Does Money Increase Self-Esteem and Happiness?

3 min read

What is the relationship between the income one earns and their self-esteem? A recent study (Bleidorn and colleagues, 2023) looked at this with the intent of answering the question of whether increased earnings increase self-esteem, or if people with high self-esteem are somehow able to earn more money.

Money is a symbol of status in Western cultures, so it makes sense that an increase in salary might lead one to feel greater self-worth. Alternatively, people with higher self-esteem might, by virtue of their high levels of confidence, seek out higher-paying jobs.

A longitudinal, four-year study looked at adults in the Netherlands, assessing their self-esteem each year as well as their self-reported income. Analysis of the data suggested that when people earn more money, it increases their self-esteem, presumably because it is associated with a sense of accomplishment, or improved social status. Furthermore, the relationship between income and self-esteem was the same regardless of the participant’s level of educational attainment, age, or sex.

Other Ways That Money Matters

Can money buy happiness? A series of studies (Matz and colleagues, 2016) suggest that the answer is “it depends.” It depends on the relationship between personality and how it is spent.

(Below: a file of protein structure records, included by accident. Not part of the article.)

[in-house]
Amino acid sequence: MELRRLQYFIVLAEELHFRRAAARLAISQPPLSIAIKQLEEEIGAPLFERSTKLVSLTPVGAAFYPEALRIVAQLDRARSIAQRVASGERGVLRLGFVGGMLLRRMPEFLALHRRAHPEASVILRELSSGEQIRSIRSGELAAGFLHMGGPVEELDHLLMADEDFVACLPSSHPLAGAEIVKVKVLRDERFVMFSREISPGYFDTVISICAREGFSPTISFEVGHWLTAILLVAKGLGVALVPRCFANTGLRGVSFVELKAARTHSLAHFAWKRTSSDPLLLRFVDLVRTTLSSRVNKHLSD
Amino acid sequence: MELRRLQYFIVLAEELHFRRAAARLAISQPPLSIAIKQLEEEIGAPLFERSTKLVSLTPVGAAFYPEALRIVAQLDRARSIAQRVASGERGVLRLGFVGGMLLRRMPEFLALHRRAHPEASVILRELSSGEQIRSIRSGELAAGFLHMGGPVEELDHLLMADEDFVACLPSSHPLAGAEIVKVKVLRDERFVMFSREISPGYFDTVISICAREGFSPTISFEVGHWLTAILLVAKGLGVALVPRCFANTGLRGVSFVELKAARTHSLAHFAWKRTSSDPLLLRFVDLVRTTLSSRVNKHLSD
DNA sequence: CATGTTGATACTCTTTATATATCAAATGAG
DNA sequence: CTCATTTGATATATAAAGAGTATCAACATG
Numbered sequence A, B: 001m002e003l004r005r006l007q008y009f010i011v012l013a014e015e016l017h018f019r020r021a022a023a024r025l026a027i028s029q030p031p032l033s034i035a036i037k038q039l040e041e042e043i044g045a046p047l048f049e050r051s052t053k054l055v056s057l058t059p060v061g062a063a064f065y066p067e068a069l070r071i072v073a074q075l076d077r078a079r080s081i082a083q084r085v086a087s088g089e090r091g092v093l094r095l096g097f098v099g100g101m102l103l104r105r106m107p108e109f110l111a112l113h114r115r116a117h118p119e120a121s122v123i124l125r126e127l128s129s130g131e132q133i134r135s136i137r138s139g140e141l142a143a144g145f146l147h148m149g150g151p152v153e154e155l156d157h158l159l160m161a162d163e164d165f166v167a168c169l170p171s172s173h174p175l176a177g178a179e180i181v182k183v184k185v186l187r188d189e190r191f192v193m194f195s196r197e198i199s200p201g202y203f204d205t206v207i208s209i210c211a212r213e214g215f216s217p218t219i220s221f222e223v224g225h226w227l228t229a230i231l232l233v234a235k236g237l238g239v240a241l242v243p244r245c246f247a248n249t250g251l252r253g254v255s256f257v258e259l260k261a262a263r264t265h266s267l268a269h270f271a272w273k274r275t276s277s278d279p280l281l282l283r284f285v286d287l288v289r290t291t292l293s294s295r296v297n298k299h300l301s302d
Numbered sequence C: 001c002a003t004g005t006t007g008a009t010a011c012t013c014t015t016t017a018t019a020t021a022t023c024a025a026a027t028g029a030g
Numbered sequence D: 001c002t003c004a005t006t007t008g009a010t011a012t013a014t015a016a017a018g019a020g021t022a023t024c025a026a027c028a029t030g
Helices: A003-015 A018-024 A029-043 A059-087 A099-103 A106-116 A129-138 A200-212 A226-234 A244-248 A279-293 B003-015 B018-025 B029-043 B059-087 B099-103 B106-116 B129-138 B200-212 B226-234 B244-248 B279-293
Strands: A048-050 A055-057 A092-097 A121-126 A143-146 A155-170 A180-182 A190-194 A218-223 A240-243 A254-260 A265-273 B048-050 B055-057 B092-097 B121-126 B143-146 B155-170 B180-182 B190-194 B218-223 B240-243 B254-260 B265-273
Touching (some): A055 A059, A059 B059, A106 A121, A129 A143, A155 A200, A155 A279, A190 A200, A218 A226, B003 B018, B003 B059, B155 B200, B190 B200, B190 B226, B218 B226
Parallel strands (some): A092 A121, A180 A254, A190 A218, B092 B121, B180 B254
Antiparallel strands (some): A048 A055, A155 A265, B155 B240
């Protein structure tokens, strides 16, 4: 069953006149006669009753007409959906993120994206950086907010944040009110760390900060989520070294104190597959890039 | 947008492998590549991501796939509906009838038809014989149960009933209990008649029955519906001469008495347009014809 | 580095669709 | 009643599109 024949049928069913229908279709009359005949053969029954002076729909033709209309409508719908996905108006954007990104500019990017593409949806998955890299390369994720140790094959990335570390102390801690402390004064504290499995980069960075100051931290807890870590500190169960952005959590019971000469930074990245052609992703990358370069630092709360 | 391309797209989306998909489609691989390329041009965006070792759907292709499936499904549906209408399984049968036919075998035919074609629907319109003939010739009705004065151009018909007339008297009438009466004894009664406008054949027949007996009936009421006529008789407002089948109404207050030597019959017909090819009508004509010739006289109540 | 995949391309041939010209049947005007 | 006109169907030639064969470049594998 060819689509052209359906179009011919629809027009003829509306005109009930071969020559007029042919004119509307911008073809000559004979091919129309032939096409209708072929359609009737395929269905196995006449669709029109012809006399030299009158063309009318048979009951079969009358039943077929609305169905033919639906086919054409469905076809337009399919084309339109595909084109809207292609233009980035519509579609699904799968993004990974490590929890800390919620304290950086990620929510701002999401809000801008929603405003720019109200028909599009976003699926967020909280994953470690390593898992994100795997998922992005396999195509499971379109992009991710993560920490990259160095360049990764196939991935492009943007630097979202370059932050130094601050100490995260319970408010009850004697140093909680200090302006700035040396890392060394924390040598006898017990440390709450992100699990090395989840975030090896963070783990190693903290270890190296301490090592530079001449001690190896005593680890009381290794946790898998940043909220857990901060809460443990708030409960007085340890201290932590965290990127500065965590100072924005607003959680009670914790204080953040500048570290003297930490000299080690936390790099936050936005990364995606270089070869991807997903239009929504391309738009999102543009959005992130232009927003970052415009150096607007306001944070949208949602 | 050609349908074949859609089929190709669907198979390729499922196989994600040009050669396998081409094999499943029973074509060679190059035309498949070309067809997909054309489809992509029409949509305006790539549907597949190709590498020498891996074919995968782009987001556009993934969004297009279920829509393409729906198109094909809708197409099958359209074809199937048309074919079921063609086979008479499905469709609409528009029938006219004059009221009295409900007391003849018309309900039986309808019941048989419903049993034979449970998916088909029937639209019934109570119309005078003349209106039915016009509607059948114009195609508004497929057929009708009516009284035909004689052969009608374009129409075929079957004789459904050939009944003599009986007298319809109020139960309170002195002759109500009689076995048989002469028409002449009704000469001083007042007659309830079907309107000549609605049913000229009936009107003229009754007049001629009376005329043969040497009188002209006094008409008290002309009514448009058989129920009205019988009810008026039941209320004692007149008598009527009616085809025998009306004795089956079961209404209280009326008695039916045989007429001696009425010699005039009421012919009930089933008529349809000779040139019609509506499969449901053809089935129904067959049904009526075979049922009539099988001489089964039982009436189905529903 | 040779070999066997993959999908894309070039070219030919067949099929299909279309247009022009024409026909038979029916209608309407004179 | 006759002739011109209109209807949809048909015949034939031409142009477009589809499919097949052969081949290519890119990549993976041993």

In the first study, British bank customers completed a personality measure, a measure of life satisfaction, and then their spending habits were examined. Extraverted individuals spend more money on activities like going out to a pub. People high on the trait of conscientiousness spent more on health and fitness activities and products. In addition, if the participants bought products that matched their personalities, they reported higher life satisfaction.

In a second study, participants were assessed on the personality trait of extraversion-introversion and were then offered one of two gift certificates:

  1. for a bookstore
  2. for a night at a bar

In addition, participants completed measures of positive and negative affect. Extraverts who were given money for a night out at a bar were happier than if they were given money to buy a book. The opposite was the case for introverts, they were happier with the bookstore gift certificate.

How Much Money Leads to Happiness?

Finally, the result of several studies on the relationship between income and happiness suggests that more money does indeed make people happier, but only up to a point. As people’s income approaches six figures (about $100,000 annually), happiness tends to increase. Then, however, there is a sort of plateauing so that additional income doesn’t significantly increase happiness. This suggests that having enough money to take care of basic needs leads to happiness, but that being wealthy itself does not buy happiness.

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